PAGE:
Spirit At Work -- Inspirational Teaching

Dec. 21, 2004
Learning happens when a true connection is made between student and teacher.

The bad news about an economic downturn is: The first thing that gets cut is the training budget. The good news about a recession is: The first thing that gets cut is the training budget. Microsoft may have revolutionized the world, but PowerPoint presentations have drugged more people than all the sleeping pills in history. Training is for dogs. It conjures up images of talking heads with flip charts, pie charts, and no heart. We all yearn to learn and grow with a guide who has deep integrity and authenticity. Since knowledge becomes obsolete faster than it can be taught, it is odd that we should believe that content is more important than character. It is not what we say that makes a difference and changes the world, or even how we say it, but why we say it and who we are while we are saying it. Great learning and transformation take place when the teacher within engages the student within. Great teaching also comes sometimes from silence -- the rest between the notes. This tradition is common in contemplative religious orders and in Eastern philosophies. St. Francis of Assisi said, "Always preach the gospel; and where necessary, use words." In my view, great teachers:

  • See themselves as mentors, spiritual guides, inspirers, enquirers, partners, equals, students -- and never "do training."
  • Succeed in leaving their egos outside the room. They are less concerned with how they will be perceived and whether students will be impressed with their smarts, whether they will be liked and respected, than they are with connecting -- soul to soul, sharing their genuine passion to serve.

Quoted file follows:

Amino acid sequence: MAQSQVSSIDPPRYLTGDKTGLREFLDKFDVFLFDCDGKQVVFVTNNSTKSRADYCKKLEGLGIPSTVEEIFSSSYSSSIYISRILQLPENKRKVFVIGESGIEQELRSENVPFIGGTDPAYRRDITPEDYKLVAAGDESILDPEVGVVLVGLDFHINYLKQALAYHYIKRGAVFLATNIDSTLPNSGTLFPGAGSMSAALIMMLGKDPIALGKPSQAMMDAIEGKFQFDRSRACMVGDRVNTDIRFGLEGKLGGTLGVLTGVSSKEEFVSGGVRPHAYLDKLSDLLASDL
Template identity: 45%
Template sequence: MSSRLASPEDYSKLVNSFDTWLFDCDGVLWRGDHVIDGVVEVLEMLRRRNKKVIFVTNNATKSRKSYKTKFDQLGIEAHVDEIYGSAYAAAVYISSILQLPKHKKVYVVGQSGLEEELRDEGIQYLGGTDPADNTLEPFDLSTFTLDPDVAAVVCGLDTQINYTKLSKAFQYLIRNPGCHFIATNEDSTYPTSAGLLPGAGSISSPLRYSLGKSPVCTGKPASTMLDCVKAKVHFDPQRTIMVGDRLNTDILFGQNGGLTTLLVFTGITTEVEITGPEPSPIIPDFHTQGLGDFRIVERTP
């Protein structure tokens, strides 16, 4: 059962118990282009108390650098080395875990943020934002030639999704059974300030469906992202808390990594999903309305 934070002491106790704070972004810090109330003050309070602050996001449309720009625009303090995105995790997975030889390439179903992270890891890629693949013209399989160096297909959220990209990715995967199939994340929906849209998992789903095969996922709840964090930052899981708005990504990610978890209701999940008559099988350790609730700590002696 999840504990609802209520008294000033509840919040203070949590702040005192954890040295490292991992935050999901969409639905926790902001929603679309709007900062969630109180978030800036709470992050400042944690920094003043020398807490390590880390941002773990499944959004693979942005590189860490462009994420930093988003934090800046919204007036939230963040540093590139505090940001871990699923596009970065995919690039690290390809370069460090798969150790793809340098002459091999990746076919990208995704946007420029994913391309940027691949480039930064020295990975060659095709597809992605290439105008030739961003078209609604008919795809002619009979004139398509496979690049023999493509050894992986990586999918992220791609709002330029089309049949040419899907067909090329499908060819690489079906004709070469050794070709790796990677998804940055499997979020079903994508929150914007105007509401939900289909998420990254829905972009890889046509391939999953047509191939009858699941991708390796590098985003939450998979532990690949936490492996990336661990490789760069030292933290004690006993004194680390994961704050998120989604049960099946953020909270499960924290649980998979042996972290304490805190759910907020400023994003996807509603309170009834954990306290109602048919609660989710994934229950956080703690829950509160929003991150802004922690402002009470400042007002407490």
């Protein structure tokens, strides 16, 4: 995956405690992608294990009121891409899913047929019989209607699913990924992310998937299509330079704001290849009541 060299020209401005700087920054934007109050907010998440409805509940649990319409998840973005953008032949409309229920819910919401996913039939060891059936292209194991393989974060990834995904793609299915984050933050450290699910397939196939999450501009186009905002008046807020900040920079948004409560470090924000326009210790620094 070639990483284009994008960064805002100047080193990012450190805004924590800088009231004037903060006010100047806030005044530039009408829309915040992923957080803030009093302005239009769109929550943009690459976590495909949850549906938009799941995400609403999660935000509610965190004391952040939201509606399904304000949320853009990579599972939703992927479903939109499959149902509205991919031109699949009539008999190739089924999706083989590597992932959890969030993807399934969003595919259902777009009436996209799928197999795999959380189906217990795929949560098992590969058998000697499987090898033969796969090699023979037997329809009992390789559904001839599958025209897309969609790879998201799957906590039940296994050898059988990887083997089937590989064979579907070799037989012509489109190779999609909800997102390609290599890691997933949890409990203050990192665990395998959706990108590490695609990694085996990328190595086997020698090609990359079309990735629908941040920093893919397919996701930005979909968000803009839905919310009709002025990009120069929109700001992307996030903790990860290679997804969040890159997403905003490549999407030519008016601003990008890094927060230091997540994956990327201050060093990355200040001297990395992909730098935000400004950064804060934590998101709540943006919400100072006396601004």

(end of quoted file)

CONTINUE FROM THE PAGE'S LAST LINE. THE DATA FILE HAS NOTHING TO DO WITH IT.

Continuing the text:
• Have no need to be right, to control or to create a student/teacher hierarchy based on power and authority. In fact, they do everything they can to create a community based on truth and love.
  • Do not form preconceived impressions of students based on personality profiles, third-hand reports, or hearsay; nor on their sartorial elegance (or lack of it); nor on their squeaky voices, endless monologues, or apparent boredom.
  • Listen two-thirds of the time and speak the remaining third. They read the energy of each participant and interact and address both the stated and unstated needs of each of them.
  • Embody what they are teaching. If they teach punctuality, they arrive on time. If they teach truth-telling they don't play with the truth.
  • Don't settle for dreary meeting rooms in airport strip hotels with plastic plants and no fresh air, but instead create sacred spaces -- soul spaces -- that nourish the creative spirit and thus tilt the odds in favor of generating a magical teaching and learning experience.
  • Are brave, take risks, lay their principles and reputations on the line, and experiment with cutting-edge ideas and thoughts that excite and inspire -- and, as a result, often make sizeable mistakes from which they learn.
  • Don't use teaching formulas.
  • Are comfortable with ambiguity and paradox, creating the necessary structure while being willing to scrap agendas and "wing it" if a better process appears. Great teachers also have a sense of self, yet become one with their audience; prepare well, acquiring and practicing great mastery while speaking from the heart; know how to think and feel; adhere to their own agenda while also respecting that of their students; are able to be academic and real, theoretical and pragmatic; have many of the answers but are equally engaged in asking the right questions; and serve the needs of the student and the integrity of the academic material. In his book The Courage to Teach (1997, Jossey-Bass Inc.) Parker J. Palmer says, "Technique is what teachers use until the real teacher arrives, and we need to find as many ways as possible to help that teacher show up. But if we want to develop the identity and integrity that good teaching requires, we must do something alien to academic culture: We must talk to each other about our inner lives -- risky stuff in a profession that fears the personal and seeks safety in the technical, the distant, the abstract." The guide is inside. It is from deep inside us that we inspire others. Lance Secretan is an advisor to leaders, a public speaker, and a recipient of the International Caring Award. Author of nine books, including Inspirational Leadership: Destiny, Calling and Cause (1999, Macmillan Canada).
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